The population of Anglo-Indians has reduced considerably, with the older generation dying and the younger ones moving abroad for better opportunities. 90's kids must have grown up hearing the legendary quiz master Barry O' Brien, his father Neil O' Brien and now his brother and Trinamool Congress MP Derek O' Brien. Every year, the president of India nominates 2 representatives from this community to reach Rajyasabha. Traditionally, the community members have controlled the clubs, racecourses and the music scene in Kolkata. Christmas celebration at Bowbarracks is an occasion to witness for its spirit and differentiated approach. Nowhere on earth, you will see a Santa Claus coming in the iconic pulled rickshaws of Kolkata.

3. Buddhist Temples : The Buddhist Community

Although Buddhism as a religion was started by an Indian, the South East Asian countries adopted this faith a lot more than the Indians. A community which actually accounts for a small proportion in Kolkata, cannot be defined by a single religion. Interestingly, this faith is practised by people from different parts of the world, including China, Japan, Myanmar, Bangladesh, Sinhal, Tibet, Bhutan, who came to Kolkata and made it their home.

My favourite of the bunch of 7-8 Buddhist temples in Kolkata, is Dharamkur Vihar, for two reasons. One, it is next to the Bowbarracks area, and fits nicely to the photowalk I went on. Two, it is managed by Bengal Buddhist Association who also manages Buddhist temples in Bangladesh. Much to my surprise I learnt that, apart from the well-known countries for Buddhism, this faith has presence in Bangladesh also.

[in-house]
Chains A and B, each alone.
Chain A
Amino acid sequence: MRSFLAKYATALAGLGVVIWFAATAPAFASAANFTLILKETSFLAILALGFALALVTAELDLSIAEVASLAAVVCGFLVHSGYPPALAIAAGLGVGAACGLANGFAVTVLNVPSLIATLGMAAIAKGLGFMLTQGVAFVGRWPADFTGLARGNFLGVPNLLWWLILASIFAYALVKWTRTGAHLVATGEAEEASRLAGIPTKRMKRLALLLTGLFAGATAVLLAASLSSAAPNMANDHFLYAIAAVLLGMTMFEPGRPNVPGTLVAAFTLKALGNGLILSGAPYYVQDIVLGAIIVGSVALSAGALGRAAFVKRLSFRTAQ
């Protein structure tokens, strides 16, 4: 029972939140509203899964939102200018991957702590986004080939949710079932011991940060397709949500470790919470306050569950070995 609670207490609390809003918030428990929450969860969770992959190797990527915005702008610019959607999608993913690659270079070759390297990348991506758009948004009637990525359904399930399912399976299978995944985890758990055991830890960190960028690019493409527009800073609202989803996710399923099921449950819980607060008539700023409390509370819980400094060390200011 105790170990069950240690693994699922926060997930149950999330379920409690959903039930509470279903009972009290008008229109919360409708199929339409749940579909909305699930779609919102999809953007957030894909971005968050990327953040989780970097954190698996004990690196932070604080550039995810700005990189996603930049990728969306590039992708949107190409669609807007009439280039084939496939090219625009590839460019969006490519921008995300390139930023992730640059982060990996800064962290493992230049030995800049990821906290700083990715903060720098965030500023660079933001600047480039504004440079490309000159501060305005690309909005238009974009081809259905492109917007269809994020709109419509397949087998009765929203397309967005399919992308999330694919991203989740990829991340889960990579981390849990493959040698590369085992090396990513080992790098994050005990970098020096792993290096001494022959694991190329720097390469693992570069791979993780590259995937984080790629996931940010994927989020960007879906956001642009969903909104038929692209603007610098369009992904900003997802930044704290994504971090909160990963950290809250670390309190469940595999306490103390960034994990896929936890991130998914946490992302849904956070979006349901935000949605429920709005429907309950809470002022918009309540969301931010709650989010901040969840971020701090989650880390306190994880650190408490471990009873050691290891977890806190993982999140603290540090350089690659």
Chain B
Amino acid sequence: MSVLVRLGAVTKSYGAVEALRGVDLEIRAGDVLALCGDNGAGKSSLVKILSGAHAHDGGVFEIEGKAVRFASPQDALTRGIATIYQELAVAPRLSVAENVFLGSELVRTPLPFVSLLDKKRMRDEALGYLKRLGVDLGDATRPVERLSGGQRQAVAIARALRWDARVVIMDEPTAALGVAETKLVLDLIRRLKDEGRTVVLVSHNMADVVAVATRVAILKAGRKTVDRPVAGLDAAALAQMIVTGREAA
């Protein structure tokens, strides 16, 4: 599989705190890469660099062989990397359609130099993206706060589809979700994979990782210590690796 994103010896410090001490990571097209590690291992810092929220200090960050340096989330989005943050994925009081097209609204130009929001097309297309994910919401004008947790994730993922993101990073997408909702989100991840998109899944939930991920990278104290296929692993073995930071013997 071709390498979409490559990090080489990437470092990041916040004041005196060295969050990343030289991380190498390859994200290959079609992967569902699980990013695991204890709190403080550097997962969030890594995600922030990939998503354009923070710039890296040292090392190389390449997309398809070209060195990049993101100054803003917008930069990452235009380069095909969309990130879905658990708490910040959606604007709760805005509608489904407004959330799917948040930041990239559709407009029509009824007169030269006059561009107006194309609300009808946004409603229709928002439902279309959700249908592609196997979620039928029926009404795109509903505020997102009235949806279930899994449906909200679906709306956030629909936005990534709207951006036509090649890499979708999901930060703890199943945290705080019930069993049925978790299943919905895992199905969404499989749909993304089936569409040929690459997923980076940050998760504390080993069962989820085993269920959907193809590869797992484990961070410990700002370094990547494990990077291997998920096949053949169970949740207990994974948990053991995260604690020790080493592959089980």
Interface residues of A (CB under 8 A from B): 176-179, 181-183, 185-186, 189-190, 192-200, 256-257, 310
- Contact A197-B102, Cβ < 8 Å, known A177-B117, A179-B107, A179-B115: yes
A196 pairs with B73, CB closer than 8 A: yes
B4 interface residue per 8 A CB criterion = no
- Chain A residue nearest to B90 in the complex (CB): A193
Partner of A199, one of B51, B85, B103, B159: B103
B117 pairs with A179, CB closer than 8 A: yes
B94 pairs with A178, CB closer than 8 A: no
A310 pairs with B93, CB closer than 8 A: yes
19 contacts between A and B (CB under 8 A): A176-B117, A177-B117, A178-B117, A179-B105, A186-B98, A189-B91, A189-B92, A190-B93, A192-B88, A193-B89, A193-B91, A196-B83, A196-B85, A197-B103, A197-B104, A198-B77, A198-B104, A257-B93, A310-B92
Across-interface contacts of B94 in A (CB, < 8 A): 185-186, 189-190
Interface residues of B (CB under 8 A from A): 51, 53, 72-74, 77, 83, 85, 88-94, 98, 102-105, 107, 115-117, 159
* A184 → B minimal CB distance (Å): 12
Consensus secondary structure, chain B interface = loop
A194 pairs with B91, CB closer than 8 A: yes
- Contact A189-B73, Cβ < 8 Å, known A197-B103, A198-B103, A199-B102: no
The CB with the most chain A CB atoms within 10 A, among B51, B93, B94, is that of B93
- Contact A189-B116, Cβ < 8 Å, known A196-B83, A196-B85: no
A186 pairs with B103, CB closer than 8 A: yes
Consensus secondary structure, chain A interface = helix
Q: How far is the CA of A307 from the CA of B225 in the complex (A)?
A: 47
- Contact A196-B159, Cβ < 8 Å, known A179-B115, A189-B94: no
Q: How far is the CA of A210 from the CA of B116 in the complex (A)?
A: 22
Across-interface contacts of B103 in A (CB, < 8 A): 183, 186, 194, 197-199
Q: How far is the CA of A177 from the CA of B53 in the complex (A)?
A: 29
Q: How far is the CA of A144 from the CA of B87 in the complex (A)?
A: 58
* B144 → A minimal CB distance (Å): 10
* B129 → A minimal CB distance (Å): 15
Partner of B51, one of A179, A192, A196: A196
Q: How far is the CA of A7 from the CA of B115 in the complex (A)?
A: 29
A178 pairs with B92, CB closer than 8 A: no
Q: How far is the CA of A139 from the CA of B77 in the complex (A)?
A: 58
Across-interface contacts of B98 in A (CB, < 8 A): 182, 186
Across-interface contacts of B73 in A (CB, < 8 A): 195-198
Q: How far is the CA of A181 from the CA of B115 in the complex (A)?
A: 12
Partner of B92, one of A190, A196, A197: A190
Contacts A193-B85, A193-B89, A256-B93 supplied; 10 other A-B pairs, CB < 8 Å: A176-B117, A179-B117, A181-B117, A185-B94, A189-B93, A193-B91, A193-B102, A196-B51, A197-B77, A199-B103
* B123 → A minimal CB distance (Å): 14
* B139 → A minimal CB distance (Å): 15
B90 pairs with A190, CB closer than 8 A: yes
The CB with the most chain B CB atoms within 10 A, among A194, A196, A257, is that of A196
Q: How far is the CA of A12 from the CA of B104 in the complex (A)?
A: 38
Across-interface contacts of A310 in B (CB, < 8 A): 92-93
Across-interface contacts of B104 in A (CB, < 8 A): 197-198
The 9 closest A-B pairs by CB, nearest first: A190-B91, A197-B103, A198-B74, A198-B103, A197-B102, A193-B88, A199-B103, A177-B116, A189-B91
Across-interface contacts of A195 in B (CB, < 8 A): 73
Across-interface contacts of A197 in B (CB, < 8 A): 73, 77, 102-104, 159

4. Synagogues : The Jews Community

After growing up in Kolkata, it's only a few months back I came to know that there are 5 synagogues in Kolkata, out of which 2 are used till date. The Jews history in Kolkata dates back to the eighteenth century and most of the Jews people were from Baghdad. They came here for trading. The number of Jews population decreased considerably post the formation of the country Israel, and is now around 100 only.

(C) Riddhi Debh : Maghen David Synagogue, Kolkata

Out of the 5 synagogues, I visited the grandest one, known as Maghen David Synagogue. A permission is to be taken from the Jewish Girls' school for visiting the same. Elias David Joseph Ezra built this synagogue in memory of his father David Joseph Ezra.

5. The food lane next to Bowbarracks : The Muslim community

Right adjacent to the Bowbarracks area, food stalls were initially set up by the Muslim community members, who used to help the Anglo-Indians in baking breads and taking care of other chores. Over time, it got evolved into a full-fledged 'Gali' (lane) with food stalls on both sides. from biriyani to poori, beef patty to chai, this food stalls have traditional recipe and still feed the immigrant workers at a reasonable price. In the past, butchers and tanners in this area used to supply beef and leather to the English community.

(C) Riddhi Debh : Elaborate 'Chai' Preparation, Kolkata

(C) Riddhi Debh | hot pooris prepared in the food gali

This gali does not belong to a community any more per se, and Muslims are an integral part of Kolkata as much as Hindus are.

I did this tour with Calcutta Photo Tours, and its founder Manjit Singh Hoonjan. Along with this tour called, "Culture Kaleidoscope", they offer descriptive tours of various kinds, representing Kolkata and its history amazingly well.

Keep going places,